Betsy Otto

Global Water Director, World Resources Institute

Over the past several years at the World Resources Institute, Betsy Otto has led development of Aqueduct™, a global water risk assessment and mapping tool to inform private and public sector investment and water management decisions. Otto works with the Water Program team to develop and apply tools and information, and to engage business, NGOs and governments for positive change in managing water resources worldwide. She also works with staff across WRI to incorporate water considerations and sustainable solutions for cities, energy, governance, finance, and climate adaptation purposes.

Otto has over 20 years of experience working on water resource management, ecosystem protection, and urban water systems. Over the past two decades, she has worked to promote sound land and water planning and urban water infrastructure systems that incorporate upstream ecosystem services, green infrastructure designs in cities, and integrate drinking water, stormwater and wastewater management. Prior to joining WRI, Otto developed successful clean water and water supply programs for American Rivers in Washington, DC, where she worked closely with mayors, utilities, federal agencies and Congress to promote smart water policies and drive public and private investment toward more sustainable water infrastructure solutions.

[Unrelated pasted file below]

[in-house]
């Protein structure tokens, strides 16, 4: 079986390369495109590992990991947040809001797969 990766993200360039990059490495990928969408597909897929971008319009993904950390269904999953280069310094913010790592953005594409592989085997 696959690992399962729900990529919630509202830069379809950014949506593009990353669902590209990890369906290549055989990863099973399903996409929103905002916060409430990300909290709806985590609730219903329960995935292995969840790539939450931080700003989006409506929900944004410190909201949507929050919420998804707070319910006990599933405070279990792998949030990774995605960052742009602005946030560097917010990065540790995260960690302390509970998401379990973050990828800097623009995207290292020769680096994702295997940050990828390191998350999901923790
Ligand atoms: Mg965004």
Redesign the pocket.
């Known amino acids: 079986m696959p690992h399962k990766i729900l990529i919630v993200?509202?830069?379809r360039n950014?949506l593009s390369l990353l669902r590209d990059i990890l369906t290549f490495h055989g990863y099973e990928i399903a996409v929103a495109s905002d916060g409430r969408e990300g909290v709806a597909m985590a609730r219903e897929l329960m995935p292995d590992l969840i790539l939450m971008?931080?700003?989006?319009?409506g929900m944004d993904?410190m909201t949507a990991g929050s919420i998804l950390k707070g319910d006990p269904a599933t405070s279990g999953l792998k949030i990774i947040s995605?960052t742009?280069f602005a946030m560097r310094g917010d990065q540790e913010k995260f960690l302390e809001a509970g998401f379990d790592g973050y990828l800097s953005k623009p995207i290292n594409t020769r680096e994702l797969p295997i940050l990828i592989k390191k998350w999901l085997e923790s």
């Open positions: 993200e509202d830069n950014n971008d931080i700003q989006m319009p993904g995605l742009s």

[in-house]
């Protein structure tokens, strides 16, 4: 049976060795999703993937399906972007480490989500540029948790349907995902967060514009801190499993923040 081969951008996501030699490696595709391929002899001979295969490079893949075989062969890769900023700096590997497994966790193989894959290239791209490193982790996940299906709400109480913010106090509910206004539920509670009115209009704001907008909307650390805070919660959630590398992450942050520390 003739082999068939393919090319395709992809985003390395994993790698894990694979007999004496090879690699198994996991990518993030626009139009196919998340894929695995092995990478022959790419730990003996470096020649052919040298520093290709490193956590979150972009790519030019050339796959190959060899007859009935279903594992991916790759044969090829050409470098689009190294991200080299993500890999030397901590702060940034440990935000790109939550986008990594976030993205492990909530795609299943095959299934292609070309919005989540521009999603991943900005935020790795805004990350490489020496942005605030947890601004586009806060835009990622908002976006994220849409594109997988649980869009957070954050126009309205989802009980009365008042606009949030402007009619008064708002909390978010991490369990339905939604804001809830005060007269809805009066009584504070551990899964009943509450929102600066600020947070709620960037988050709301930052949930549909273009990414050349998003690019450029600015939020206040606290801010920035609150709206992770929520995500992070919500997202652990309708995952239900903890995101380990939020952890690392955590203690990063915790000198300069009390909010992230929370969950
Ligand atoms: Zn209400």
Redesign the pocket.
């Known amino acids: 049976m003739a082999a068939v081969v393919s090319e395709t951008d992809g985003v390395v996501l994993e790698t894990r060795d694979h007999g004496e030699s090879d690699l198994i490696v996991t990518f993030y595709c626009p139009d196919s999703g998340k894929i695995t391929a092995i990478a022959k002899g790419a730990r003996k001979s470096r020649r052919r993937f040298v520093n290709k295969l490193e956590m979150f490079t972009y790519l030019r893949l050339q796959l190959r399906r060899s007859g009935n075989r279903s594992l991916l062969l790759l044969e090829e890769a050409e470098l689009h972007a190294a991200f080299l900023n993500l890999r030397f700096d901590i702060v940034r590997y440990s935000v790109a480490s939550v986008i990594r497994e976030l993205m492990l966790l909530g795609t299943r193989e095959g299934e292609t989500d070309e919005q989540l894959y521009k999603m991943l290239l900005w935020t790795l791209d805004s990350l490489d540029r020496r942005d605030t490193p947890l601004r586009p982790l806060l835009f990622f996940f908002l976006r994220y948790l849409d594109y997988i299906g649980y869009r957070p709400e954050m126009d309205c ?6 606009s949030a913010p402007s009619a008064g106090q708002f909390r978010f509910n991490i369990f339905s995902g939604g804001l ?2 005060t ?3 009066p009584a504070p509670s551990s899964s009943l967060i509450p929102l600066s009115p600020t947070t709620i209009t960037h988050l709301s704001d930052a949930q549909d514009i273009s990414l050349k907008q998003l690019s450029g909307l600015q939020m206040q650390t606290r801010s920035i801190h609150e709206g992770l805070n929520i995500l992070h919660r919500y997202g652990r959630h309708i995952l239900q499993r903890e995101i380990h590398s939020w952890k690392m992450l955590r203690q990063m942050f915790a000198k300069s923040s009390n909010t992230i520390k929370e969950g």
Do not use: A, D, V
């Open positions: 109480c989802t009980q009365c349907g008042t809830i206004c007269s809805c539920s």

Otto earned a Masters in Water Resources Management from the University of Wisconsin’s Nelson Institute, a MBA from Northwestern University’s Kellogg School, and a BA in Economics from the University of Illinois. From 2006-2007, she was a Loeb Fellow at Harvard University’s Graduate School of Design, where she studied international water management, urban infrastructure, and water and sanitation issues.

Podcast Guest Appearances

Flooding in America

Jul 28 2020 - 12:00pm

“We had one of the snowiest winters on record in Lincoln and Omaha,” reports Martha Shulski of the Nebraska Climate Office. She’s describing the weather conditions and events that led to what has become known as the “Great Flood of 2019.”

“2019 was actually one of the wettest years on record for the upper Midwest,” Shulski continues. “Snowpack sitting on the ground, lots of ice in the rivers.  So the conditions were ripe such that when we did get that strong storm system move across the country...the setup was there.”